New Car Decals

Learn to Drive in Glasgow with TX Driver Training

We had new decals put on the cars this past weekend. We think they look really good. Many thanks to Vital Image for the great job that they done.

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Here are a few more pictures of our great new decals:

LearnTo Drive in Glasgow with TX Driver Training - New Decals_3Learn to drive in Glasgow, TX Driver Training
Glasgow Driving Lessons with TX Driver TrainingLearnTo Drive in Glasgow with TX Driver Training - New Decals_2

Preparing For Your Intensive Driving Lessons

Preparing For Your Intensive Driving Lessons

Intensive Driving Lessons in Glasgow with TX Driver Training

Before your course:

It is best spending some time preparing for when you begin your intensive driving lessons. You will be learning to drive in just a week or two (depending on the length of your course). You will get a lot more out of the course and will find things easier if you do some preparation before you start.

Firstly, you will need to make sure you have no other commitments during the length of your course. You will be driving for many hours every day that you are on the course, and you will probably find that very tiring. Do not try and do other things in the evening as you will need to use this time to relax after your intensive driving lesson.

Secondly, use as much time as you can before your crash course starts just being a passenger. Observe as much as you can during this time. It doesn’t matter if you are seated near the front of a bus or are a passenger in a car. Keep an eye on the road ahead and see what is happening. Check out how far ahead of a junction or a roundabout does the driver start to slow down. Observe what they are doing when they move away from a junction. If you can, look at the drivers face as they are about to overtake someone – do they look in the mirrors and which ones are they looking at? This might make the driver a little nervous, but you will notice that you can start to observe behaviour patterns and road-craft that will assist you when you are in the driving seat.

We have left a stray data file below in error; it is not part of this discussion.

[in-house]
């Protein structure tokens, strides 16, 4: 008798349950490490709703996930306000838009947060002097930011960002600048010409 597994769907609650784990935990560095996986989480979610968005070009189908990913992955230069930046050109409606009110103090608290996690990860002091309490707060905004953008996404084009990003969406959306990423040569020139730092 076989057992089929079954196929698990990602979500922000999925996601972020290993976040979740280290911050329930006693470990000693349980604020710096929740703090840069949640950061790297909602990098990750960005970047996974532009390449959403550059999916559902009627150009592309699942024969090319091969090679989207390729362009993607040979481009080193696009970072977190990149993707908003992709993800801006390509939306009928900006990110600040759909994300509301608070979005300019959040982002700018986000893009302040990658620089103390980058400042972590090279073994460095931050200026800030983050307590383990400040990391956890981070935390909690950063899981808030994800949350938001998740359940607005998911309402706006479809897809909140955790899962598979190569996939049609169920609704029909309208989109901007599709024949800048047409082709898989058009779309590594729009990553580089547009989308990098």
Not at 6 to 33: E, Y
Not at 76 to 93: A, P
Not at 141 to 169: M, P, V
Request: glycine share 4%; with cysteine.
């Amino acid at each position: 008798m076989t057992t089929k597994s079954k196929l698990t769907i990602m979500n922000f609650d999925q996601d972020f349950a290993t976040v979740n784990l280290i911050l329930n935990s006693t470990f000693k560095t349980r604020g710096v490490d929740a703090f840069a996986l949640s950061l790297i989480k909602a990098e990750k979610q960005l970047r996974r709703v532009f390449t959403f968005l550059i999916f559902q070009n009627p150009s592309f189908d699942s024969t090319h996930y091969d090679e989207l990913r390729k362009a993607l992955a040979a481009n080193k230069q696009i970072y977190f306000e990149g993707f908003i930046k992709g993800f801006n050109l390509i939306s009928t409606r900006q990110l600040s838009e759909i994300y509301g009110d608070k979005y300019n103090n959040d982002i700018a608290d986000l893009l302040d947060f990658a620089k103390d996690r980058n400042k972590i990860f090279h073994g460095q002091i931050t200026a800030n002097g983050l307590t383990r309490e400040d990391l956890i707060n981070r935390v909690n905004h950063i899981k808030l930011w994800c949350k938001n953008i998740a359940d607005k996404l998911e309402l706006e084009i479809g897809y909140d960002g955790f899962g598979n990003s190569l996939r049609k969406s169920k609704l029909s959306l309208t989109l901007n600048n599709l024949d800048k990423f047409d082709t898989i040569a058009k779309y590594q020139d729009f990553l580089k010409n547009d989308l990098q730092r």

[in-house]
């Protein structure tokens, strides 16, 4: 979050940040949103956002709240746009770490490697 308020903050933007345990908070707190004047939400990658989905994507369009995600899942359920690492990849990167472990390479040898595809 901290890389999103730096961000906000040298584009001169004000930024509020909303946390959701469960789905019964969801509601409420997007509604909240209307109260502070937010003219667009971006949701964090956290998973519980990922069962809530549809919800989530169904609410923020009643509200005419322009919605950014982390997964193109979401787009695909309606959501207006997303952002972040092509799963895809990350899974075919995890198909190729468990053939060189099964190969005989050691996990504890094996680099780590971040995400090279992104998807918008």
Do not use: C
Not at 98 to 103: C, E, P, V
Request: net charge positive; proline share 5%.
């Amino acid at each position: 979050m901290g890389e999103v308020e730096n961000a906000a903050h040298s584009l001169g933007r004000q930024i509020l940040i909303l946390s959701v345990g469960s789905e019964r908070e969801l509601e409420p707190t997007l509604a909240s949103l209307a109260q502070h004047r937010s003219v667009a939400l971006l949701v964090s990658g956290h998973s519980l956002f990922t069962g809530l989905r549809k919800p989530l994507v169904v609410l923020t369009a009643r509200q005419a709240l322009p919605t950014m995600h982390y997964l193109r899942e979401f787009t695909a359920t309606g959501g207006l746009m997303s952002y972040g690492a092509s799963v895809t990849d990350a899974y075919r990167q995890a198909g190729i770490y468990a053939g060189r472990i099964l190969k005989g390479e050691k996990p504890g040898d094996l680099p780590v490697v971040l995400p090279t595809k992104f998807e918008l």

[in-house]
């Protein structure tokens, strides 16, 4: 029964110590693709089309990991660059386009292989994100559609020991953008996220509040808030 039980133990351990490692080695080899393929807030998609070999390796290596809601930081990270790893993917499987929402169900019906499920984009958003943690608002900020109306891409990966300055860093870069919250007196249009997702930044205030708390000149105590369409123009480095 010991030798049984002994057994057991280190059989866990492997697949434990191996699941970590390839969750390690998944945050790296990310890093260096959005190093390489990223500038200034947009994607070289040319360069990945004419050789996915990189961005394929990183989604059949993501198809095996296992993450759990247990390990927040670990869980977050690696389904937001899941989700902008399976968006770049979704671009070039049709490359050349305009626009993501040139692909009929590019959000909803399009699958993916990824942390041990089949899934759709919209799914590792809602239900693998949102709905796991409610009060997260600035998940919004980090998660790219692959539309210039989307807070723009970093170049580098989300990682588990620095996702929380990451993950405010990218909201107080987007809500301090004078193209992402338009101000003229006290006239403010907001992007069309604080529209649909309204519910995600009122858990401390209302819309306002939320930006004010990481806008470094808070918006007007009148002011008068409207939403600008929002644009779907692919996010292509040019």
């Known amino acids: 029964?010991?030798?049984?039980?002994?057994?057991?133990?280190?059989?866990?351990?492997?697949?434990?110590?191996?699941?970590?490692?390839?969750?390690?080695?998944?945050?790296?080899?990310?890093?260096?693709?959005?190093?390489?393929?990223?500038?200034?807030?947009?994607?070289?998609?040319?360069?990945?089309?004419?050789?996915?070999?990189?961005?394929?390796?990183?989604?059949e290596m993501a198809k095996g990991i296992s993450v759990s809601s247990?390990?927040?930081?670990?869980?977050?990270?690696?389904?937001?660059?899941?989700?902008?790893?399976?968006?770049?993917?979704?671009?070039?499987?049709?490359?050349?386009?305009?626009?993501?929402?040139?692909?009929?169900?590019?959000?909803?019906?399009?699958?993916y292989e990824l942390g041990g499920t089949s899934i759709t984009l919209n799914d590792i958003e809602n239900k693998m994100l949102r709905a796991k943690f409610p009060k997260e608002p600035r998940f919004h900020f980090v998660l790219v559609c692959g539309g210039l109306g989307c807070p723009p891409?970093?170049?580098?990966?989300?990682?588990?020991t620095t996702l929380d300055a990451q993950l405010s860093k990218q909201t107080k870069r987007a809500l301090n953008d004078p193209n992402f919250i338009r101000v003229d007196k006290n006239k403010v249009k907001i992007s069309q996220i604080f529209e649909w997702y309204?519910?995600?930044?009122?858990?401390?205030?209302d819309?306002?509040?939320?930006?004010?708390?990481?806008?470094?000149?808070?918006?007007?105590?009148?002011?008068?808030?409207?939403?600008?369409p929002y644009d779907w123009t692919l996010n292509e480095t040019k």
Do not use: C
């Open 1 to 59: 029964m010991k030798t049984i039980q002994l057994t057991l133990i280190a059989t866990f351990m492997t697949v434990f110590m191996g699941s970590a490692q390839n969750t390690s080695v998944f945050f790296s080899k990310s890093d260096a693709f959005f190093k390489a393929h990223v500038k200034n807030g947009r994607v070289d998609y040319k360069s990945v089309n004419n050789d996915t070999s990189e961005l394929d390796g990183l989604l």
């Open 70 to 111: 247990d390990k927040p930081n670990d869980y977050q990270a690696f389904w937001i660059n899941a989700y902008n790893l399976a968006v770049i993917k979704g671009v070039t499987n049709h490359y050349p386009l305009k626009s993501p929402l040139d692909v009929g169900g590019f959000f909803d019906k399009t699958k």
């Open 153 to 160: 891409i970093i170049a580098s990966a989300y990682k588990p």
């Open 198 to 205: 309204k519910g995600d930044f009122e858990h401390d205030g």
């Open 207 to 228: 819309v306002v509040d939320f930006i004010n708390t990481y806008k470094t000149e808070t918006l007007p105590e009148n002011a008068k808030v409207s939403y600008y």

Thirdly, know the highway code. This book offers guidance on all aspects of road use, whether you are a car driver, cyclist or even a pedestrian. It contains the rules of the road. You can ask friends and family members to quiz you on the contents, and keep revising so that you retain the knowledge. Whilst the highway code will help you with your theory test, that is not its only purpose. It contains information that will help you in nearly everything that you will encounter in your day to day driving. Knowing the highway code will never be a waste of time.

During your course:

Make sure that you are ready on time. You don’t want to waste any time on such a short course by being late. Make sure that you pay attention to your instructor. Their job is to assist you in learning to drive as safely as you can, and also to enable you to pass your driving test. There is a purpose to everything that they are telling you.

You must also ensure that if you don’t understand something that you make sure to let your instructor know. This also goes for something that you feel you need to practice more or are just a bit nervous about. This will help your driving instructor to tailor your intensive driving course to your individual needs, making sure that you get everything you need out of your course.

Make sure that you are getting lots of rest and are drinking enough water to enable you to maintain your concentration and getting the maximum benefit from your course.

Try and enjoy your intensive driving lessons! Hopefully this will be the only time that you will need to take an intensive driving course, so savour the experience. It shouldn’t be long before you pass your driving test and have your full driving licence, enabling you to drive on the road on your own. That is definitely something to look forward to!

Book a course

If you would like to book intensive driving lessons in Glasgow then phone 0141 764 1213 now.

Who passed their driving test in Glasgow in August and September?

Congratulations to all who passed their driving test in the Glasgow area in August and September.

Well done to everyone who passed their driving test.

Here are some of the people that passed their driving test in Glasgow in August and September:-

Adam Begley passed his driving test First Time at Baillieston test centre.

Kenneth Jordan Barrett passed his driving test first time at Baillieston test centre.

Lucy Harrison passed her driving test first time on her Intensive Driving Course.

Mary McInnes passed her driving test in September.

Charlene Cartwright also passed her driving test in September.

Congratulations to all who passed their driving test in Glasgow in August and September.

If you would like to find out how you can pass your driving test with TX Driver Training, then phone us now on 0141 764 1213 or fill in the contact form.

How Many Driving Lessons Do I Need?

How Many Driving Lessons Do I Need?

That depends. There isn’t an easy answer to this and no two people are the same. If you have had some previous driving experience, then you will probably need fewer lessons than someone who has never been behind the wheel of a car.